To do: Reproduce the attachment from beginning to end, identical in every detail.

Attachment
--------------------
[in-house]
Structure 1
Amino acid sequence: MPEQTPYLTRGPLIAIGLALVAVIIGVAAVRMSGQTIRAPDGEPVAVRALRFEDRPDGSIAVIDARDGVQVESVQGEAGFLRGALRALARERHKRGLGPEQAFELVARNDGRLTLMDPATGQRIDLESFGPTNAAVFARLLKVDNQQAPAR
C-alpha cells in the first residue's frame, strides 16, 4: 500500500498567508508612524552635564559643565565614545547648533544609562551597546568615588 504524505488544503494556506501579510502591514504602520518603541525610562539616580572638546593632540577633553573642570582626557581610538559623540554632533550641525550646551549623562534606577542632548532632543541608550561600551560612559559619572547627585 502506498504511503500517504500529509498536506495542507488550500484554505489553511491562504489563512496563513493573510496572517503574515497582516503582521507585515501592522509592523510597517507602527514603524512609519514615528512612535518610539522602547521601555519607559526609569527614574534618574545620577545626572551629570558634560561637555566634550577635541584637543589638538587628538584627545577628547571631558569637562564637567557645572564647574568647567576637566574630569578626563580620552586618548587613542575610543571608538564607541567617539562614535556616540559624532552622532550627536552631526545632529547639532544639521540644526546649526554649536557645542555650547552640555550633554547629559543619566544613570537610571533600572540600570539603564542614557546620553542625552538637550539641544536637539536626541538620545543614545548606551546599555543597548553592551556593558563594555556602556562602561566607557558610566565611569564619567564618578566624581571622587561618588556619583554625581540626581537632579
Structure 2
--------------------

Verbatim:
[in-house]
Structure 1
Amino acid sequence: MPEQTPYLTRGPLIAIGLALVAVIIGVAAVRMSGQTIRAPDGEPVAVRALRFEDRPDGSIAVIDARDGVQVESVQGEAGFLRGALRALARERHKRGLGPEQAFELVARNDGRLTLMDPATGQRIDLESFGPTNAAVFARLLKVDNQQAPAR
C-alpha cells in the first residue's frame, strides 16, 4: 500500500498567508508612524552635564559643565565614545547648533544609562551597546568615588 504524505488544503494556506501579510502591514504602520518603541525610562539616580572638546593632540577633553573642570582626557581610538559623540554632533550641525550646551549623562534606577542632548532632543541608550561600551560612559559619572547627585 502506498504511503500517504500529509498536506495542507488550500484554505489553511491562504489563512496563513493573510496572517503574515497582516503582521507585515501592522509592523510597517507602527514603524512609519514615528512612535518610539522602547521601555519607559526609569527614574534618574545620577545626572551629570558634560561637555566634550577635541584637543589638538587628538584627545577628547571631558569637562564637567557645572564647574568647567576637566574630569578626563580620552586618548587613542575610543571608538564607541567617539562614535556616540559624532552622532550627536552631526545632529547639532544639521540644526546649526554649536557645542555650547552640555550633554547629559543619566544613570537610571533600572540600570539603564542614557546620553542625552538637550539641544536637539536626541538620545543614545548606551546599555543597548553592551556593558563594555556602556562602561566607557558610566565611569564619567564618578566624581571622587561618588556619583554625581540626581537632579
Structure 2